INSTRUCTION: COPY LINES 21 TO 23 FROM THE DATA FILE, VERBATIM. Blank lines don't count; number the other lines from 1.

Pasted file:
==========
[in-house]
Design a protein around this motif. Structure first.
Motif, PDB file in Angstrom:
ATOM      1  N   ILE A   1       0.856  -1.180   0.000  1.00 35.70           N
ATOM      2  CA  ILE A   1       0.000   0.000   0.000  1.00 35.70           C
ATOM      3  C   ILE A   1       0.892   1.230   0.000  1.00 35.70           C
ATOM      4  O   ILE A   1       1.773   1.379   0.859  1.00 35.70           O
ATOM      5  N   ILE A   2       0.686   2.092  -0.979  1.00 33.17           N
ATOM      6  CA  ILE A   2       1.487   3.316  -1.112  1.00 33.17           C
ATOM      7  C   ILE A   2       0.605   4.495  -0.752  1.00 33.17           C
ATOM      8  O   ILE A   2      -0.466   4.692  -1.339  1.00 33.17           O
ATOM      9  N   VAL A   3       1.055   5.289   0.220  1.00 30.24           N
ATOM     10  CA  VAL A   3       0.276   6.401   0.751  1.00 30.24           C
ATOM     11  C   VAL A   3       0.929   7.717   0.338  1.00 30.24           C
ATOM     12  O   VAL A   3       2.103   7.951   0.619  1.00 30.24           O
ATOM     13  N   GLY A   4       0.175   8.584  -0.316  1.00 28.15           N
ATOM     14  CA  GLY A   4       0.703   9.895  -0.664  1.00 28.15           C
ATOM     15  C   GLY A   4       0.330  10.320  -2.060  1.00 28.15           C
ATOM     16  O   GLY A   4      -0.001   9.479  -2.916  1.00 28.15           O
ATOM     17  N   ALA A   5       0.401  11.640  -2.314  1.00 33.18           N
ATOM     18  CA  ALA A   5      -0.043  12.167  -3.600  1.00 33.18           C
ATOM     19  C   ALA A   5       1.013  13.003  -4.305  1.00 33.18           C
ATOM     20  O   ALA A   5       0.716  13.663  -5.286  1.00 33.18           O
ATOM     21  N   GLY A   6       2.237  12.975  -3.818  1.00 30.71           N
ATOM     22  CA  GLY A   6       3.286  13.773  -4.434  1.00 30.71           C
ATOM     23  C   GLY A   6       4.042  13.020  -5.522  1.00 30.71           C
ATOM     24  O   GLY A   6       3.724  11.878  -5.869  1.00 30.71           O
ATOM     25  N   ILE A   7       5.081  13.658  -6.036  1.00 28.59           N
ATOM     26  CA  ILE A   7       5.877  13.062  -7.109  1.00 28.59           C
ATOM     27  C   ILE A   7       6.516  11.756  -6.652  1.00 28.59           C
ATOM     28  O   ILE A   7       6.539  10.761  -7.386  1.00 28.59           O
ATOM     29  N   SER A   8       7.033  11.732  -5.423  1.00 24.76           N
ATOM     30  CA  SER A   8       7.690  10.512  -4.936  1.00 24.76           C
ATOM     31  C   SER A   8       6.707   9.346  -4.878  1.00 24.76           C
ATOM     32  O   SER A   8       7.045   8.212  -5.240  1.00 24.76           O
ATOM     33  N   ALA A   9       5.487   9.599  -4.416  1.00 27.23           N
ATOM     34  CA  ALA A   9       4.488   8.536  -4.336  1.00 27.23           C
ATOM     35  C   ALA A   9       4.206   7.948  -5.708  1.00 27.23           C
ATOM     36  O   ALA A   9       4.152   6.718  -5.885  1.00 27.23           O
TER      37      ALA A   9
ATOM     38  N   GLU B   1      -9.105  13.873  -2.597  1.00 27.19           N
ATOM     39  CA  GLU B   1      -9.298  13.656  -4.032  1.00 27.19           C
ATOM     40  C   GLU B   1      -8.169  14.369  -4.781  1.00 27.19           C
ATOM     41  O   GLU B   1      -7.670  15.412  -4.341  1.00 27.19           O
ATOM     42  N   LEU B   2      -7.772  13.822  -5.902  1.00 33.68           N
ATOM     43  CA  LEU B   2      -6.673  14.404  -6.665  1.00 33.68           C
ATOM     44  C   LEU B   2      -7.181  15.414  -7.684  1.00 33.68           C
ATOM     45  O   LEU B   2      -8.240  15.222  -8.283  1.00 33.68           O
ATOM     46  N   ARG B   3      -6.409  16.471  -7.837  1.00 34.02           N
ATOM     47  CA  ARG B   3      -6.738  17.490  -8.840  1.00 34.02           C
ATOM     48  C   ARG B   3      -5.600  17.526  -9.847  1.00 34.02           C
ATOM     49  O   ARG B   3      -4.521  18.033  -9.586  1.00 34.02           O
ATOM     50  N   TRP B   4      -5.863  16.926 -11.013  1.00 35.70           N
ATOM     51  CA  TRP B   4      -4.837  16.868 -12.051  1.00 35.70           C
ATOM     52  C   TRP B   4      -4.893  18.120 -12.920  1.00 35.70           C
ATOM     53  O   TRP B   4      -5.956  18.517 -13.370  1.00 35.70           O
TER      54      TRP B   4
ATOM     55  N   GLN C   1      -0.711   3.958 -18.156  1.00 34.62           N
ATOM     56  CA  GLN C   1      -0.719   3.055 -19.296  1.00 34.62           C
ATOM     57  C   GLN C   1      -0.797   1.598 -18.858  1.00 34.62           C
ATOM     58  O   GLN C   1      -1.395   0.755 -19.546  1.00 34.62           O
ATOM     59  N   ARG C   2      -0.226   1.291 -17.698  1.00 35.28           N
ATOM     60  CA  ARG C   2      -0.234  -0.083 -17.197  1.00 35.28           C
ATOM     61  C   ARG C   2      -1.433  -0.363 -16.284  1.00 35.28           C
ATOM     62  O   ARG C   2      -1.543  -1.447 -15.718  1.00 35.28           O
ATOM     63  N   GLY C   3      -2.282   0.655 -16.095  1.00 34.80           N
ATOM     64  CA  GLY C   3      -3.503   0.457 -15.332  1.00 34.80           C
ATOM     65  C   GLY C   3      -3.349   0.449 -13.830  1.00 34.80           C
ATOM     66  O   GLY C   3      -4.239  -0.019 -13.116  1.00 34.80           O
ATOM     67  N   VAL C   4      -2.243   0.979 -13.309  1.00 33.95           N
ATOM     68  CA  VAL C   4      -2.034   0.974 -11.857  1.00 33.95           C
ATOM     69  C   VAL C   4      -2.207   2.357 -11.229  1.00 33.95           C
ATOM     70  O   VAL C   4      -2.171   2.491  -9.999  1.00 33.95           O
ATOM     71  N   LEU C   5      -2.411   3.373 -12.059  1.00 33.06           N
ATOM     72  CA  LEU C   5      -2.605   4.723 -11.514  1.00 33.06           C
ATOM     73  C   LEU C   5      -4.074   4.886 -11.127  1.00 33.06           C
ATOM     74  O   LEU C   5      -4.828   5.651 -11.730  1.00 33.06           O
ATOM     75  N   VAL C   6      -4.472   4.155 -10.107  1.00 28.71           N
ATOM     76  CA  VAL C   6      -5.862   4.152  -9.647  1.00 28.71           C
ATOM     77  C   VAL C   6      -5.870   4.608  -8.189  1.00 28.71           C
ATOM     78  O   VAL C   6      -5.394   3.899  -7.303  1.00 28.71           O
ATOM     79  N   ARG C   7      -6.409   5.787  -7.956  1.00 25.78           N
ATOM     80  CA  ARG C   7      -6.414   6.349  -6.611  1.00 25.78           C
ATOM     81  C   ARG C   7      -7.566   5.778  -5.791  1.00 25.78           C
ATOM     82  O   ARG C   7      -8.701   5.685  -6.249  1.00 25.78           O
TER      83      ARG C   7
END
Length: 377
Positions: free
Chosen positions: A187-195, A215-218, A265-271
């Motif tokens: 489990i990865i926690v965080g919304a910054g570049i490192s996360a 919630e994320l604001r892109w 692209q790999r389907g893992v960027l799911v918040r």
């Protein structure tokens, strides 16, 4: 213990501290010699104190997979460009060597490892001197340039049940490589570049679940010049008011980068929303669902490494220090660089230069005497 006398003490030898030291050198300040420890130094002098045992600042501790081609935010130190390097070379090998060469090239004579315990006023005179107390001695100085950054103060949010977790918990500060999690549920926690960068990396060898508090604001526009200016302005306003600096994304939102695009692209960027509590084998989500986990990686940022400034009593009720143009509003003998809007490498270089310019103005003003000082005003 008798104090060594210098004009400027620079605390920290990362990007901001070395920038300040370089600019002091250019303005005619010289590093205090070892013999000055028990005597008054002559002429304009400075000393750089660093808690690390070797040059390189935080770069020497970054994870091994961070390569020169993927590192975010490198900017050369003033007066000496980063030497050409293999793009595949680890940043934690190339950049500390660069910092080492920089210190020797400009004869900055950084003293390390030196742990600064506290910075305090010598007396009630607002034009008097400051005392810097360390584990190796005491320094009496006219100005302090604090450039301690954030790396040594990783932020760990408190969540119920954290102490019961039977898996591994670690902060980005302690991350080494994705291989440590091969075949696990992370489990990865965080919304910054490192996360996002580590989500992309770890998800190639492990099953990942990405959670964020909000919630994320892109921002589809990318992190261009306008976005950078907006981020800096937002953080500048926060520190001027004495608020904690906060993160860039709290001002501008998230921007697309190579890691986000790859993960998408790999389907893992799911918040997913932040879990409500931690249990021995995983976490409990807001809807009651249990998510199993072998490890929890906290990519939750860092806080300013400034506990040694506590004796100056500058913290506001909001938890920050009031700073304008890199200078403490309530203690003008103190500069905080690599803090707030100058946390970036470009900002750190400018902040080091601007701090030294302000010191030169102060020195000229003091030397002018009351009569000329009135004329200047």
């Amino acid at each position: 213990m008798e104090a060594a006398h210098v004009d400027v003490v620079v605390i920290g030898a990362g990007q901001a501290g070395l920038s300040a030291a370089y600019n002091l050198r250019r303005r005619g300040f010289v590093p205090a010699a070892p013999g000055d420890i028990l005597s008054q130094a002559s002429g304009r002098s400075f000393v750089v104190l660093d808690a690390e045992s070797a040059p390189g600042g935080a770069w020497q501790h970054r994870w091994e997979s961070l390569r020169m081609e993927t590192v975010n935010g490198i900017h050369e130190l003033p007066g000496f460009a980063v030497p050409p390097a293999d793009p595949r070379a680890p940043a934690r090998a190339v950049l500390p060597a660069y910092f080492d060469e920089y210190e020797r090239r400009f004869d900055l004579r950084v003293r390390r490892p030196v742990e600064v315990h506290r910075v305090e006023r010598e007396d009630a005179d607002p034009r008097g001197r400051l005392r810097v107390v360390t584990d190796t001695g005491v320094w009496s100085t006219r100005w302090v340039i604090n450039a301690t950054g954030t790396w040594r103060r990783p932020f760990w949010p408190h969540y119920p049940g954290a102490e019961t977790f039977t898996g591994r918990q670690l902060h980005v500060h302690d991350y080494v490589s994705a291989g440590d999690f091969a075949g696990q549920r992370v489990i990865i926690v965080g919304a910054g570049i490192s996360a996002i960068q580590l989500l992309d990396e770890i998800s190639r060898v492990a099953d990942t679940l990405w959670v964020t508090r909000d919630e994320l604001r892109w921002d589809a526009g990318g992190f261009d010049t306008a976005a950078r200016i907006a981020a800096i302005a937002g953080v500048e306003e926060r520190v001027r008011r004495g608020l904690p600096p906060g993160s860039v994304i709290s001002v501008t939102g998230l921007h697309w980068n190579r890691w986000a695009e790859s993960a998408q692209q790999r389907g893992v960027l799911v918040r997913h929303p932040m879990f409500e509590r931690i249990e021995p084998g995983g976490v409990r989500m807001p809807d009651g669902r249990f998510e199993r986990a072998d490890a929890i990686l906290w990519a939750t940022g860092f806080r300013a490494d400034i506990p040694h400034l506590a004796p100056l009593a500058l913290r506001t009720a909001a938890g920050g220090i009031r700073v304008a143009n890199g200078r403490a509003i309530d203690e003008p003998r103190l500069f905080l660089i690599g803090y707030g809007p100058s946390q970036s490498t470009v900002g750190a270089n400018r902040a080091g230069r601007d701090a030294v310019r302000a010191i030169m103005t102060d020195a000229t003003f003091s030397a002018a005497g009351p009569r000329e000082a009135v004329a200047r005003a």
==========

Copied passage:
ATOM     18  CA  ALA A   5      -0.043  12.167  -3.600  1.00 33.18           C
ATOM     19  C   ALA A   5       1.013  13.003  -4.305  1.00 33.18           C
ATOM     20  O   ALA A   5       0.716  13.663  -5.286  1.00 33.18           O